Dismal Retail Figures Body-Check Rallying Investors

Tape outside of a pet-goods store in San Diego shows a few of the steps taken by businesses to respect social-distancing measures while remaining open for customers. (Courthouse News photo/Barbara Leonard)

MANHATTAN (CN) — Investors backed away from Thursday’s rally with moderate losses Friday morning as historically horrible retail sales point to further store bankruptcies.

The Commerce Department reported that retail sales fell more than 16% last month, larger than most economists had predicted. Combined with the 8% drop in retail sales from March — when stores were still open for the first half of the month — retail has suffered the largest two-month drop in sales since the survey began in 1953.

Wall Street is banking on April being the trough for retail sales, hoping that, as states reopen and stores welcome customers back, sales will creep back up.

The Dow Jones Industrial Average, which had dug itself out of a hole to end Thursday up 377 points, opened to a 175-point drop after the morning bell on Friday, a 0.7% decrease. The S&P 500 and Nasdaq had even greater decreases, of 0.8% and 1%, respectively.

Retail has already taken the brunt of the economic downturn, with luxury retailer Neiman Marcus filing for bankruptcy earlier this month, as did J. Crew. The next chip to fall is likely J.C. Penney, which is expected to file Chapter 11 bankruptcy as early as later Friday.

Back in February, the Texas-based retail company’s last earnings release reported only $25 million in income before taxes, a 60% drop from the $63 million the company made during the same period the year before. It would be another month before J.C. Penney announced it would temporarily close its stores following stay-at-home orders in several states. 

Meanwhile, investors are hoping for a nugget of good news in the form of the University of Michigan’s consumer sentiment index, which is released later Friday morning. If the index shows any uptick in views on current economic conditions, it could point to growing optimism among Americans as some states end their lockdowns.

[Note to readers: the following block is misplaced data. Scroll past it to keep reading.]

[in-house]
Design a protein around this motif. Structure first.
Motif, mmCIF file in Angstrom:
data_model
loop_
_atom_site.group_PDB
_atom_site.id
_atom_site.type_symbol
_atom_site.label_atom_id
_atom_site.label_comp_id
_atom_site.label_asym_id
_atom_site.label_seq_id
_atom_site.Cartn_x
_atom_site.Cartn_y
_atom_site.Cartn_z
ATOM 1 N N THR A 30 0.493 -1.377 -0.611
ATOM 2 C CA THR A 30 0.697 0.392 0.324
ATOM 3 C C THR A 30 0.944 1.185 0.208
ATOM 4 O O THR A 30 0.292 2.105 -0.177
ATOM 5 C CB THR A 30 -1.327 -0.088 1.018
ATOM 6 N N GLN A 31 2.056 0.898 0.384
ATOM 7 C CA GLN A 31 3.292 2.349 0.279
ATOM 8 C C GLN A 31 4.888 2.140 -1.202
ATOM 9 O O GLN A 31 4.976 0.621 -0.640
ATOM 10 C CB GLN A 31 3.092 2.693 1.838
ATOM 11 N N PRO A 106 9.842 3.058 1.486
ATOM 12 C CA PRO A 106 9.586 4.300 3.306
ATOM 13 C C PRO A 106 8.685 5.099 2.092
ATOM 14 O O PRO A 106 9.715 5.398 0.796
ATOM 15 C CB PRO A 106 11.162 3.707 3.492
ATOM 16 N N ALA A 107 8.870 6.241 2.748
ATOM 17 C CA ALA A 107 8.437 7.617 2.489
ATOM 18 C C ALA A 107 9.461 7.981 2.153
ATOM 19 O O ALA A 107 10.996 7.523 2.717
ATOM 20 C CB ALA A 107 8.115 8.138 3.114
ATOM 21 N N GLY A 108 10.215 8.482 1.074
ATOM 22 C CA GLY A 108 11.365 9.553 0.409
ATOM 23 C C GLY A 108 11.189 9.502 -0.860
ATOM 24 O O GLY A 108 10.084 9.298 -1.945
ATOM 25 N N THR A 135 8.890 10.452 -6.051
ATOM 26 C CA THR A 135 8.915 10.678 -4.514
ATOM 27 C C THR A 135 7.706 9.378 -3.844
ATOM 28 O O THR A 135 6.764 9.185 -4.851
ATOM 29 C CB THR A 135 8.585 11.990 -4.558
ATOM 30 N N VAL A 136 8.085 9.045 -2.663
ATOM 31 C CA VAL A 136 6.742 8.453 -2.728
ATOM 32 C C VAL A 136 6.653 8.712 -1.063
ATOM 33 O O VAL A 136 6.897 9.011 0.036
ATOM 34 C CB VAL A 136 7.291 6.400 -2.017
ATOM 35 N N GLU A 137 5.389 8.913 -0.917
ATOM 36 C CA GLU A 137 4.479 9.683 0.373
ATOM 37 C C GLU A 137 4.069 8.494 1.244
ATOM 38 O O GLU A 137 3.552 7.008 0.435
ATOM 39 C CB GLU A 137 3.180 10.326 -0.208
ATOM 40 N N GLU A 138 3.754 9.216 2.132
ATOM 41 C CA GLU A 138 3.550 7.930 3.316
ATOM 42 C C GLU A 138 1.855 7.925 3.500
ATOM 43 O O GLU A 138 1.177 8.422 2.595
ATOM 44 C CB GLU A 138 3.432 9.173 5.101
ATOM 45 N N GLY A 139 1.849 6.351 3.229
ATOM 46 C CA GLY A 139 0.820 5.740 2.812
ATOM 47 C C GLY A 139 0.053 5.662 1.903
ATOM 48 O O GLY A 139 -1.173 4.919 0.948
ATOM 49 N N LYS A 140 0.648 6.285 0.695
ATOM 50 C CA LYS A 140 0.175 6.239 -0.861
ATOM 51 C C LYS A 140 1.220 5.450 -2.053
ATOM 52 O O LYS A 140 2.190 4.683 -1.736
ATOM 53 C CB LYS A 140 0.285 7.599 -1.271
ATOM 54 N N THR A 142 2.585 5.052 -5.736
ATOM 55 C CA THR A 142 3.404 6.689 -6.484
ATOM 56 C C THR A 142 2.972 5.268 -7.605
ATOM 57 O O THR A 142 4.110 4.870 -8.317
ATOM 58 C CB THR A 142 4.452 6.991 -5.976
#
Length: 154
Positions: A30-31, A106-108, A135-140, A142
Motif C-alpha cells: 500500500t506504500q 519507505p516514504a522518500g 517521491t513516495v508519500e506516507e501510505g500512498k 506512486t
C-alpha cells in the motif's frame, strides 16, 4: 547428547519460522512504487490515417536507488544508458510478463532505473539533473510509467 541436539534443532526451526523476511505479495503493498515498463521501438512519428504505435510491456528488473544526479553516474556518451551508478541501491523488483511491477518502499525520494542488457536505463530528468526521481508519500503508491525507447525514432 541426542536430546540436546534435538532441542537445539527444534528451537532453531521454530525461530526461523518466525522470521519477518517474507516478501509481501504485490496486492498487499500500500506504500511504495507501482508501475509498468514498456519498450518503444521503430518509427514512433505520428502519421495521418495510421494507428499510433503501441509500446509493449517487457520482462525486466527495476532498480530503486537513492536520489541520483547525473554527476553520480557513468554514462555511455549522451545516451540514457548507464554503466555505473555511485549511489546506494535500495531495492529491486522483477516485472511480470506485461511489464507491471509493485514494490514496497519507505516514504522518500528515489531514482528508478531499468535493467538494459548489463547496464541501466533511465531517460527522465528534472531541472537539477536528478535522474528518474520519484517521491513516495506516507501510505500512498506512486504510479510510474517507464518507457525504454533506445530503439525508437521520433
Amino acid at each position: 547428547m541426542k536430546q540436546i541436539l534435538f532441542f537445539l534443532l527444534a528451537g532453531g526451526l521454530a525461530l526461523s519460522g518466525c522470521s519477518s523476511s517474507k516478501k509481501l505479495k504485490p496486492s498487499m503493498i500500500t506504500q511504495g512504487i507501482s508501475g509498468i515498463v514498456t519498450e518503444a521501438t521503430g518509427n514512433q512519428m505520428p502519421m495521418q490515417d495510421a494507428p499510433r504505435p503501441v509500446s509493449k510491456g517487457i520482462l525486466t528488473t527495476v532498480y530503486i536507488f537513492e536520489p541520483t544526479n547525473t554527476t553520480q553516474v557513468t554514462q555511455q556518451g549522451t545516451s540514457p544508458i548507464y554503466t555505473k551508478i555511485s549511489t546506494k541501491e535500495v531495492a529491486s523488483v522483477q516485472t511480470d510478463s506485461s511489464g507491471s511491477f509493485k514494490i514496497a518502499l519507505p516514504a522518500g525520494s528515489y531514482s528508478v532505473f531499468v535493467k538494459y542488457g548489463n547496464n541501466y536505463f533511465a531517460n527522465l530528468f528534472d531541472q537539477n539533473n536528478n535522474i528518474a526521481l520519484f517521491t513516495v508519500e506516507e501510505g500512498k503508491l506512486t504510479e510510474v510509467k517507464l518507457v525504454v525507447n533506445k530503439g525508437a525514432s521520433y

Some say the consumer sentiment index won’t impact Wall Street much, though, as investors are focused instead on additional fiscal policy from Capitol Hill. “At this point, the U.S. economy, like a patient in the ER, only responds to adrenaline shots as it tries to stabilize,” Boris Schlossberg of BK Asset Management wrote in a Friday investor’s note. “Therefore, equities will need to see more action from D.C. before they can move meaningfully higher.”

Scrutiny is already mounting on some of the actions taken to date by lawmakers on the hill, including the Small Business Administration’s Paycheck Protection Program.

The PPP, which was intended to provide forgivable loans of up to $10 million to mom-and-pop stores and other small businesses, has come under fire for allowing larger companies that had access to other liquidity sources to tap the funds.

After some outcry, the Treasury gave publicly traded companies until May 7 to return loans without facing any scrutiny. It later extended that deadline to May 18, but many publicly traded companies with large market caps still have not returned their loans.

As of Friday morning, more than 60 publicly traded companies have returned PPP loans worth about $412 million, according to FactSquared, whose software platform combs through filings with the Securities and Exchange Commission. 

At least 350 publicly traded companies have held onto $905 million worth of PPP loans, FactSquared found. The average market cap of those companies is $45 million, according to the collected data.

Disclosure has been wanting, mostly due to the SBA’s meager resources, so the true number of PPP loans received and returned is not yet publicly known. 

A bill proposed by Senate Democrats to require the SBA to provide weekly reporting on PPP loans failed earlier this month — including the names of recipients and the loan amounts — after Republicans worried it would “slow down” the lending process.  

Senators now are working on additional legislation to give companies more flexibility on how they use the loans, as well as possibly extending the eight-week period companies have to return the loans if they did not use 75% of it on payroll. 

“There are some businesses that aren’t going to be able to spend that payroll money in a strict eight-week period after they get the cash,” said Senator Marco Rubio in a video statement on Thursday night after meeting with Treasury Secretary Steven Mnuchin.

“Ultimately, we’re going to have to pass legislative language that provides more flexibility to account for what the crisis looks like now to make sure that we don’t have a bunch of companies sitting on money for payroll that can never be spent and has to be given back,” said Rubio, a Florida Republican.

Nearly 4.4 million people worldwide have been confirmed infected by Covid-19, according to data from researchers at Johns Hopkins University, and 302,000 have died. In the United States, more than 1.4 million people have contracted the novel coronavirus and nearly 86,000 have died.

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